The 2014 Unified Symposium
Written by Deborah Adeyanju
For wine professionals, a day at the Unified Symposium is a lot like being a kid in a candy store. The annual conference and tradeshow is the U.S. wine world’s largest gathering. It’s a showcase for all things wine-related: from up to the minute seminars, to equipment vendors, publications, tastings and evening networking events. While en primeur season in Bordeaux eclipses it in glamour and the Napa Valley Auction certainly draws more wine celebrities, the Symposium is a huge event. This year’s drew a record number of 14,000 attendees and 668 exhibitors.
So what (and who) stood out for us amidst the capsule makers, wine label designers, bottlers, vineyard management services and equipment vendors? Well, we were blown away by G3 Enterprises’ temperature sensitive ink.
Technically named thermochromic ink, when used on wine labels these inks are the perfect signaling system for consumers wondering if their wine has reached the correct serving temperature. Not only do the colors on the label change as the temperature fluctuates, but the pattern changes as well. We’d never seen anything like it! The branding possibilities and potential for bottles to really stand out on the shelf are significant.
The breakout sessions were pretty comprehensive, covering topics from viticulture to the state of the industry, to marketing and regulations. We took special note of two focused on marketing. The Demystifying Digital Marketing discussion featured Kristy Sammis of Clever Girls Collective, writer Shana Bull, and Belinda Weber, Duckhorn Winery’s Marketing Director. Defining digital marketing as encompassing PR, paid advertising, search, mobile, and social media, they emphasized that these outlets can act as powerful feedback loops driving offline/in person interactions with clients. And with Twitter (241 million active users), Facebook (1.2 billion users), LinkedIn (277 million members), Instagram, Google+, and YouTube together boasting large and growing numbers of dedicated users, social media presents significant opportunities to extend brand reach and foster customer engagement. The panel also encouraged engaging with trade buyers, as well as the importance of monitoring customer interactions and using this information to re-target, with Duckhorn as an example of a winery that has employed a successful digital marketing strategy.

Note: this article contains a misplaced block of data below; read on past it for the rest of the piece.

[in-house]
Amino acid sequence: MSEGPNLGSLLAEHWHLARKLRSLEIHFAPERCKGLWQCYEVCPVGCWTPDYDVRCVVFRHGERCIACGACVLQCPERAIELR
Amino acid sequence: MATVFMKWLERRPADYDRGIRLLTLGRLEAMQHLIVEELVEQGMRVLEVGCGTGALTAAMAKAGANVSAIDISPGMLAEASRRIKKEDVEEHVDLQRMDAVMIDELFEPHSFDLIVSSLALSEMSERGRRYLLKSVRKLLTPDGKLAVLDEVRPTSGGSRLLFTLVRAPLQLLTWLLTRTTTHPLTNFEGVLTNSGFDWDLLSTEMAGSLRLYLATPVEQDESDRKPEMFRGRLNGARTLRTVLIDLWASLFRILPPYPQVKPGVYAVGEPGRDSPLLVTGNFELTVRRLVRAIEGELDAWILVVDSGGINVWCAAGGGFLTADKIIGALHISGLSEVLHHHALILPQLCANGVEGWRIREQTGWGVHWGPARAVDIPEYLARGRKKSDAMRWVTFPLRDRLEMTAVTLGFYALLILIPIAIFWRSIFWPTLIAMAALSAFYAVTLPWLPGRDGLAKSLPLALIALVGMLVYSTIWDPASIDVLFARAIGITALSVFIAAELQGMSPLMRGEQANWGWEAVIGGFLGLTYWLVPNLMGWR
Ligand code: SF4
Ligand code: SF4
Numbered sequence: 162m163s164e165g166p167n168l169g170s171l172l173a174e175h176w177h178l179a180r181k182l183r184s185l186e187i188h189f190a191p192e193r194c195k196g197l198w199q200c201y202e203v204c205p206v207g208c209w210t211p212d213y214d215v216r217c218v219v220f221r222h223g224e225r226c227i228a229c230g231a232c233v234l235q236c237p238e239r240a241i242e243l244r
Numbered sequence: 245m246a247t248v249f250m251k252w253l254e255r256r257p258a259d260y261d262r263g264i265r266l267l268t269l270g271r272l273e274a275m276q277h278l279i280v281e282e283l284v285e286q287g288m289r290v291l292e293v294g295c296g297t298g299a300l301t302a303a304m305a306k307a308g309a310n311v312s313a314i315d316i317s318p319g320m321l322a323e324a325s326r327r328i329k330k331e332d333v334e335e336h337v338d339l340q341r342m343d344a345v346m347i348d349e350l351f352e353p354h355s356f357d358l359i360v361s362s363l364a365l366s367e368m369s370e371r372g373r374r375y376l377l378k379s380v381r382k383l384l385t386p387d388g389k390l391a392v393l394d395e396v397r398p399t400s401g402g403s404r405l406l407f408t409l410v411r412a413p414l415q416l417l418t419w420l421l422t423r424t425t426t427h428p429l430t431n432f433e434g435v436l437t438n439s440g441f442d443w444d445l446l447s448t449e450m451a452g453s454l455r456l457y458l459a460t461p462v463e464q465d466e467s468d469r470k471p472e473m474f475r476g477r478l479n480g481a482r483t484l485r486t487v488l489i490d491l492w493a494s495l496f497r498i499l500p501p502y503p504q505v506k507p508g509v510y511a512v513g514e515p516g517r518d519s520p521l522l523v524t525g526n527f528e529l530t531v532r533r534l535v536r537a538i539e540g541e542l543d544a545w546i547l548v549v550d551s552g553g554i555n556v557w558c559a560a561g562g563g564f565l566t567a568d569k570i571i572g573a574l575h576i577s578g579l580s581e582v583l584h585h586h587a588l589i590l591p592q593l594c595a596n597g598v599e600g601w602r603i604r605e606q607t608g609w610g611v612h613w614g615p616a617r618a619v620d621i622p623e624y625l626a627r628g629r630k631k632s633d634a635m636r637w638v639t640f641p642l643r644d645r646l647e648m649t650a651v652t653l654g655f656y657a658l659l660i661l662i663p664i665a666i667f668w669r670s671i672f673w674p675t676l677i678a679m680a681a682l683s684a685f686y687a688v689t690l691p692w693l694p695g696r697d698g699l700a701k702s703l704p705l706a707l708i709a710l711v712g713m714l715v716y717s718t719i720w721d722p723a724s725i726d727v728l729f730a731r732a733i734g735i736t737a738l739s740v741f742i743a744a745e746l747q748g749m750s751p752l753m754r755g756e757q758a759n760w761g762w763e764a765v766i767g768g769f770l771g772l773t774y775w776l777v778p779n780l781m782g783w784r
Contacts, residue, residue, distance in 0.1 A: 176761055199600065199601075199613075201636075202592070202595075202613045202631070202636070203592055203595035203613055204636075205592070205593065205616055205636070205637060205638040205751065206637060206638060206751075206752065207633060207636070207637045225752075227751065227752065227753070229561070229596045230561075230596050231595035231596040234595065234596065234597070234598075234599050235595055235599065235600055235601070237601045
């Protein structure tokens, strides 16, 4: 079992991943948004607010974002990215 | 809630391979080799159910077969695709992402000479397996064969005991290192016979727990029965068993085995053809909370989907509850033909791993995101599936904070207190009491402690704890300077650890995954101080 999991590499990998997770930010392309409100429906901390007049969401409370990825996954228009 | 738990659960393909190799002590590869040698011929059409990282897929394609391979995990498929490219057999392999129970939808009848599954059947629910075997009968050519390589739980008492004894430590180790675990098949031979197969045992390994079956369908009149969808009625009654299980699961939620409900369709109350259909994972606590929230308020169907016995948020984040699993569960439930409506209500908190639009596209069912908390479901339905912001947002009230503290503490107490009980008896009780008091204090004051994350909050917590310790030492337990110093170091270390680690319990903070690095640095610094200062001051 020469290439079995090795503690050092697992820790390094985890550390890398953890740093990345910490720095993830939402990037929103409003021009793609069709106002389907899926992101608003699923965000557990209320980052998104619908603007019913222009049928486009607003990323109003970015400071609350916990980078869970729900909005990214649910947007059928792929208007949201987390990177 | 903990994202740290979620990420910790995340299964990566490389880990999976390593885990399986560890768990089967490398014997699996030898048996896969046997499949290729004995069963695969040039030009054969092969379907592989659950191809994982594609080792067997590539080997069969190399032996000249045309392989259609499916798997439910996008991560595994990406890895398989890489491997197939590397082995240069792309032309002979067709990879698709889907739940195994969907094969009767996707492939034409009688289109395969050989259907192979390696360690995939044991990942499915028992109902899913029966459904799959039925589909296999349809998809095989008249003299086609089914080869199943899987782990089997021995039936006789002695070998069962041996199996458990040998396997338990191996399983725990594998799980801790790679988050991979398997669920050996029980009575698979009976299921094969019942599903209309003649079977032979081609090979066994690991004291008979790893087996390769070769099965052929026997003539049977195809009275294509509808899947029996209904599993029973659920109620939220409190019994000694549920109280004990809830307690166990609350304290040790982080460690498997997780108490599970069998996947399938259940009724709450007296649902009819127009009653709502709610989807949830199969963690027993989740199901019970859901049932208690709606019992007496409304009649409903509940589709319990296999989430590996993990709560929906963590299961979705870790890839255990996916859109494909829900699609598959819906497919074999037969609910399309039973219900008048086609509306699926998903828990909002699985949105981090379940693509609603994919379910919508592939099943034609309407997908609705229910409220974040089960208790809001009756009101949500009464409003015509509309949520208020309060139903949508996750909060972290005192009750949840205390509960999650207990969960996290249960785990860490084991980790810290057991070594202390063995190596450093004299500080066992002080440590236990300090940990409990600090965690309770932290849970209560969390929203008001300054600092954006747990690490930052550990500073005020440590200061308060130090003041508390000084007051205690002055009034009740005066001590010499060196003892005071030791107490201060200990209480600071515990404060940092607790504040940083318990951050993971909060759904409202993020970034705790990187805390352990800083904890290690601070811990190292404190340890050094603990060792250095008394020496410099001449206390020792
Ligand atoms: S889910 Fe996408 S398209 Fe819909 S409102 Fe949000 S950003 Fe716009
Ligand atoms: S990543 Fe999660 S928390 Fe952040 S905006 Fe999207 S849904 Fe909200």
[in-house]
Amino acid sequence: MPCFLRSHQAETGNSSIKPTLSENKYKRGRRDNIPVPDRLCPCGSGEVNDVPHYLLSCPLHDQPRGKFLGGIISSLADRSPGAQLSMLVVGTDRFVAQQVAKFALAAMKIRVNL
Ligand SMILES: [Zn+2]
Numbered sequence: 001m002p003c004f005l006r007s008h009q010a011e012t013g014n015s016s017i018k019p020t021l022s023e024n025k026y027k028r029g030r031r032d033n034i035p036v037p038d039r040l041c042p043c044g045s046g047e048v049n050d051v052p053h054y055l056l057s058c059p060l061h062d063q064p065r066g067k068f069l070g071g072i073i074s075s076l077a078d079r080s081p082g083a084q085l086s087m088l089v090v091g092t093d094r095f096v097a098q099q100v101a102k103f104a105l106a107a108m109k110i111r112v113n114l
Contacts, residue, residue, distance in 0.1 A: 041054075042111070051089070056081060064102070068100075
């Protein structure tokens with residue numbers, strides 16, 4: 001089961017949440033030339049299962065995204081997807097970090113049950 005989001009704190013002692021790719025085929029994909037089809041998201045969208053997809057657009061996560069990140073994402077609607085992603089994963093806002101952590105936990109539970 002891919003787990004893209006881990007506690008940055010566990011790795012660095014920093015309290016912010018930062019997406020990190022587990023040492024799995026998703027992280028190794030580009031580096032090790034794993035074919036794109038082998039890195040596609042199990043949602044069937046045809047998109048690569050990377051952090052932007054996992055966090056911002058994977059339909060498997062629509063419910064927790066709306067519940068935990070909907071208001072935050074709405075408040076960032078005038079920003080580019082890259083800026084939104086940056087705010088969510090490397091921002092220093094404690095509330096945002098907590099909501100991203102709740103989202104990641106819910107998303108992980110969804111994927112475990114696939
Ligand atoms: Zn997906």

In Mastering the Basics: 10 Things You Can do Today to Boost Your PR and Marketing Success, Mimi Gatens of Trefethen stated “consumer direct is the wave of the future.” Social media in particular can generate enormous impact given the critical and growing mass of users. Ms. Gatens underlined the size of the opportunity it represents and the need to invest in staff, websites, and visuals to drive engagement. We would add that email marketing should not be overlooked, especially with most users accessing their email via always-on smartphones.
But our key takeaway was the message, “You can’t be the expert on everything.” Ms. Gatens advice: hire a team of experts for discrete projects. This virtual team would encompass a PR consultant for special product launches, a copywriter to develop your messaging, and a data analyst to analyze marketing campaign effectiveness and help with targeting. We couldn’t agree more! And Johnston & Alves stands ready to help with any project, large or small.
Business concluded, we joined in the wine tasting, touring several of the U.S.’ wine producing regions in the span of an hour, without ever leaving the building. New York’s Wine & Grape Foundation poured some of its signature Rieslings and ice wines, plus a varietal Cabernet Franc. Closer to home, we visited emerging regions like El Dorado, stalwarts like Santa Rita Hills with its famed Pinots and Mendocino with its cool climate ones. Missouri’s Wine & Grape Board was a surprise as was its vinifera Chardonnay. All in all, it was a great day at the fair!